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Blagojevich still hanging in there with Trump
By Burt Constable | Daily Herald Columnist

This isn't Donny Osmond.


Courtesy NBC

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Published: 3/22/2010 12:01 AM

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In trouble during his first term as Illinois governor, Rod Blagojevich somehow managed to win re-election.

In a case of art imitating life, Blagojevich once again overcame the odds and managed to earn another week as a contestant on "The Celebrity Apprentice."

In Sunday night's second episode of this year's "The Celebrity Apprentice" TV show on NBC, Donald Trump did what Illinois did by giving Blagojevich a second chance. In his first opportunity to fire a man from the RockSolid team of male celebrities, the host Trump canned comedian Sinbad instead of Blagojevich or Poison frontman Bret Michaels.

While Blagojevich's political brethren were passing a historic health care bill in real life, our disgraced governor basically stood around in the background during episode two. Perhaps our disgraced governor is just a victim of unflattering editing, but he certainly came across as the dimwitted loser who hangs out with the cool kids.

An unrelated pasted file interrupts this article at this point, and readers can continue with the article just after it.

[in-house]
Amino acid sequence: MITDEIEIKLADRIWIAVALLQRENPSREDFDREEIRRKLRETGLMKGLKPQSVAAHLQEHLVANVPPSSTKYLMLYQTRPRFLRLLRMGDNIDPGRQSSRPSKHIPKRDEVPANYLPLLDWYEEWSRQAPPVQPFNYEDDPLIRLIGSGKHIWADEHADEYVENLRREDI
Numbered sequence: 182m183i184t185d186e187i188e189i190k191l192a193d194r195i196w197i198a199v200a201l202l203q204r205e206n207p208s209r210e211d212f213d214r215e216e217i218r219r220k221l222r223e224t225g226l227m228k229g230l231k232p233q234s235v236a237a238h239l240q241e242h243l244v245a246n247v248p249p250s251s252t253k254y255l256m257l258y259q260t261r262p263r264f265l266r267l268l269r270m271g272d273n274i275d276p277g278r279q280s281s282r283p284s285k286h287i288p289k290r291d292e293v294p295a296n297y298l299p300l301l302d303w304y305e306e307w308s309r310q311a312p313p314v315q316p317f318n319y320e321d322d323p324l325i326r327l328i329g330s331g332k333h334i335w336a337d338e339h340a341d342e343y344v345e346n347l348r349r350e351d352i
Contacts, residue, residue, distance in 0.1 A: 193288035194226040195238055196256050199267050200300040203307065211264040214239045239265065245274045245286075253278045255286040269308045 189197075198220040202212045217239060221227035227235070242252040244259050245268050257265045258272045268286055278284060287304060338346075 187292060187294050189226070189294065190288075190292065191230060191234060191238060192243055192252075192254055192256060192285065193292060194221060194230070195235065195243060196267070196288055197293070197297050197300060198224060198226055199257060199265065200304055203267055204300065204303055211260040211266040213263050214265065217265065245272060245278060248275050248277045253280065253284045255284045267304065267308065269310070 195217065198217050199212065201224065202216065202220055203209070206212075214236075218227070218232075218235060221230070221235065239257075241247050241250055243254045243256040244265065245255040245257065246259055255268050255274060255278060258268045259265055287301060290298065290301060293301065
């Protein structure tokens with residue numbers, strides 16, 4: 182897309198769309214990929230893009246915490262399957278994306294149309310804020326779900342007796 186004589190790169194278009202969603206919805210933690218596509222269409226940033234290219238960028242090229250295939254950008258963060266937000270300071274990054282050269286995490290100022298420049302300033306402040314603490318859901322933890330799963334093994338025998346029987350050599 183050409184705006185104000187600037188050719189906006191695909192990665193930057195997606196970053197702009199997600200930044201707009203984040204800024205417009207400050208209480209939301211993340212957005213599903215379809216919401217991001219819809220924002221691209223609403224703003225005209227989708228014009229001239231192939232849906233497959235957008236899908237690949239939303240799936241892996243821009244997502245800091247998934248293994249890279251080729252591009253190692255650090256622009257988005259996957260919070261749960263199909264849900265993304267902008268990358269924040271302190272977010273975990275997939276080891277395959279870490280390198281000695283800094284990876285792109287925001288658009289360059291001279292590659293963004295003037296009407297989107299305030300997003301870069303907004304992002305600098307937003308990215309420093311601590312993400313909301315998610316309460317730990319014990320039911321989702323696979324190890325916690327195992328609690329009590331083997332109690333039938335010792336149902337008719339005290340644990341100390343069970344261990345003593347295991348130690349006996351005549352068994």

After watching Blago bumbling his way through a gig as a time-challenged waiter at a diner during the first episode, Blagojevich's teammates didn't give him any important duties in the next task. Blagojevich was the guy who took photos of people with celebrities. His RockSolid team put him in charge of ordering balloons, which made perfect sense given Blagojevich's reputation for producing hot air.

Sharon Osbourne, one of the female celebrity contestants, said Blagojevich "looks half-baked."

Just as he did when he was a waiter, Blagojevich brought nothing to the table except for his self-serving proclamations of innocence. He said he was a member of what Teddy Roosevelt called, "the fellowship of the doers." But everything he did was for his own benefit. Captured making an obviously personal phone call, a foul-mouthed Blagojevich talked about how "this guy was a close friend of mine" and "betrays me."

Later, he interrupts an on-screen talk about strategy to say hello to a passer-by who apparently recognizes him.

"You guys get that?" Blagojevich asks the TV crew, obviously proud of his celebrity moment.

But he might not want to get too cocky.

On the street, one man hollers "You are a disgrace!" and "Enjoy prison!" But the most humbling moment for our former governor might have come from two women who were very nice to him. Turns out that was because they mistook him for Donny Osmond.